Go Baby Go: Allowing Kids to 'Just Be a Kid'
As a parent, there is no greater joy than watching your children grow. Seeing them learn to crawl, then walk. Parents cherish memories of first words, first falls off a bike, and first perfectly executed spirals with a pigskin. Witnessing simple moments of their kid just being a kid is every parent’s dream. But what if this doesn’t happen? What happens when dreams of simple, magic moments are ripped from a parent’s hands?? What happens when the daily life of a family comes to a screeching halt? What happens when your kid can’t “just be a kid”?
Richard and Sheila Carter faced this very question when their son Richmond was born with Chromosome 5q14.3 Deletion Syndrome with MEF2C Haploinsufficiency. MEF2C is genetic material on Chromosome 5, the lack of which results in severe cognitive and physical developmental delays. The Carters pursued all available resources as they focused on improving Richmond’s quality of life. Many of these resources were found through the University of Nebraska Medical School’s Munroe Meyer Institute, which partners with families of children with complex medical needs to provide services and support for the entirety of the child’s life. Through this service, the Carters found physical and occupational therapy centers that would help Richmond develop his motor skills and increase functionality of various body systems. These centers became homes away from home for the Carter family.
At the urging of physical therapists, the Carters began to research the work of Go Baby Go, a national outreach program that provides personalized modified ride-in cars for young children with disabilities. Initially, the Carters politely declined, worried about the endless paperwork and waiting lists usually associated with such programs. The physical therapists were persistent, however. Knowing that “seeing is believing”, the physical therapists brought out the demonstration car, modeled after “Mater” from the Pixar movie Cars, and were quickly able to change the Carters’ minds.
The Carters’ hearts swelled with love as they saw Richmond cruising around their living room for the very first time. With the help of a generous donor, the Carters were given their very own modified vehicle for Richmond. This vehicle contains modifications that allow Richmond to steer, sit upright, and easily start and stop, thanks to the “Big Mac Button” - a large button that acts as the machine's gas pedal.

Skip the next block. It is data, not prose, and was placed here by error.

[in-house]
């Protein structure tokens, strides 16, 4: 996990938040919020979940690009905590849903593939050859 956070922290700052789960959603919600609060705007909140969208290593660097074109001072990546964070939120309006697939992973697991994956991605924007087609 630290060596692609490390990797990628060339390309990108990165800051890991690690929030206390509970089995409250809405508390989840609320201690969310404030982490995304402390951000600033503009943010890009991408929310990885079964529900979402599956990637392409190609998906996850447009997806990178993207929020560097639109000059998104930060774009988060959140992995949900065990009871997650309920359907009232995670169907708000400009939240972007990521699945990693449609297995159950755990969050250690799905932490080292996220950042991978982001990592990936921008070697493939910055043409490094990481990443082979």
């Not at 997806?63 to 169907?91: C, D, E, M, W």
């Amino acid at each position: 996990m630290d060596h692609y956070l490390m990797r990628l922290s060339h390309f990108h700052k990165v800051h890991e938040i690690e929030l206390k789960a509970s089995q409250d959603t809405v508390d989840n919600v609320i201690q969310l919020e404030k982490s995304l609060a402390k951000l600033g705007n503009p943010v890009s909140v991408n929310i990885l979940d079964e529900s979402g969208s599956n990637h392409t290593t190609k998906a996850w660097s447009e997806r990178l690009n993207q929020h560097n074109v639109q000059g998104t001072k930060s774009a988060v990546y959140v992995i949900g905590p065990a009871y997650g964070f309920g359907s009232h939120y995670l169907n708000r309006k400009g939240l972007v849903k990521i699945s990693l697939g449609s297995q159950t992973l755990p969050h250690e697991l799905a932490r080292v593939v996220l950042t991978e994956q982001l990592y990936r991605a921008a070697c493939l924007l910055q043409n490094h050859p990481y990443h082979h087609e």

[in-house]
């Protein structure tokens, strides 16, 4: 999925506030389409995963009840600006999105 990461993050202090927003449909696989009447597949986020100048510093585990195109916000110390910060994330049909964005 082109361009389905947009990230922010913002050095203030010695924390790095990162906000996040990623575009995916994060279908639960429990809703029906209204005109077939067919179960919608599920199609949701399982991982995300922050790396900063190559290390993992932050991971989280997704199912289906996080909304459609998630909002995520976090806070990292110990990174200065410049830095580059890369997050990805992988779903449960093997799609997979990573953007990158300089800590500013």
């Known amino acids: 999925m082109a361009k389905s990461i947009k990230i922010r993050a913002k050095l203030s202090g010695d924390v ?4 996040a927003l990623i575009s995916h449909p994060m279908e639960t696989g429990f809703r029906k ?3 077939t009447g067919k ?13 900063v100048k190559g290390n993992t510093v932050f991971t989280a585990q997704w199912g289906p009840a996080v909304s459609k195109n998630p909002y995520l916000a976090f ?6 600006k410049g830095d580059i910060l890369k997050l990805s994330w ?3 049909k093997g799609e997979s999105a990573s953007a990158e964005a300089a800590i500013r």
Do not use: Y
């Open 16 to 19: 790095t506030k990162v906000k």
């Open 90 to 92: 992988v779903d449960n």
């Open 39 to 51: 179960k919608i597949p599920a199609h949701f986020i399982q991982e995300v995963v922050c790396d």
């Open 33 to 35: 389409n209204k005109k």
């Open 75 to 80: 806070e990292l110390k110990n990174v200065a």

This vehicle has changed the lives of the entire Carter family for the better. The Carters have two older (extremely energetic I might add) sons. Prior to receiving the vehicle from Go Baby Go, Richmond’s brothers were not able to interact with him on a physical level. As Mrs. Carter said, “if Richmond wanted to engage on that level, it just wasn’t really possible, and they (Richmond’s brothers) had to dumb themselves down in a way.”
The addition of the Go Baby Go car changed this dynamic, however, as Richmond can now play with his brothers on their level. “It is exciting enough for them (Richmond’s brothers) to stay by his side, it is fun enough for them to be a part of it”, Mrs. Carter said. Richmond now drives around in his vehicle while his brothers run, slide, roll, or flip their way beside him. Thanks to Go Baby Go, Richmond now has a sense of both independence and inclusion, something seemingly unattainable for him prior to his car.
Finally, the Carters are able to watch as their three boys play together, without limitations. Mrs. Carter says, “The main joy for me is to see them play at the same physical level. As parents, you take for granted all the little moments with your kids, so this really makes me appreciate the little things with my children.”
For so long, Richmond has been known as “Patient Richmond,” or “Sick Richmond.” However, thanks to Go Baby Go, Richmond can finally just be Richmond. Richmond can shed his “fragile” label while in his vehicle. Richmond can play with his brothers and be a part of the family. Richmond can just be a kid.
Our local Go Baby Go chapter was formed through a mutually beneficial partnership between the Brazos Valley Rehabilitation Center (BVRC) and Avant Garde - College Prep Services. If you are, or know, a family interested in learning more about Go Baby Go’s services, or if you wish to donate toward the build of future adapted powered-wheeled cars, please visit our website at https://brazostherapy.org/go-baby-go/ or contact us at email@example.com.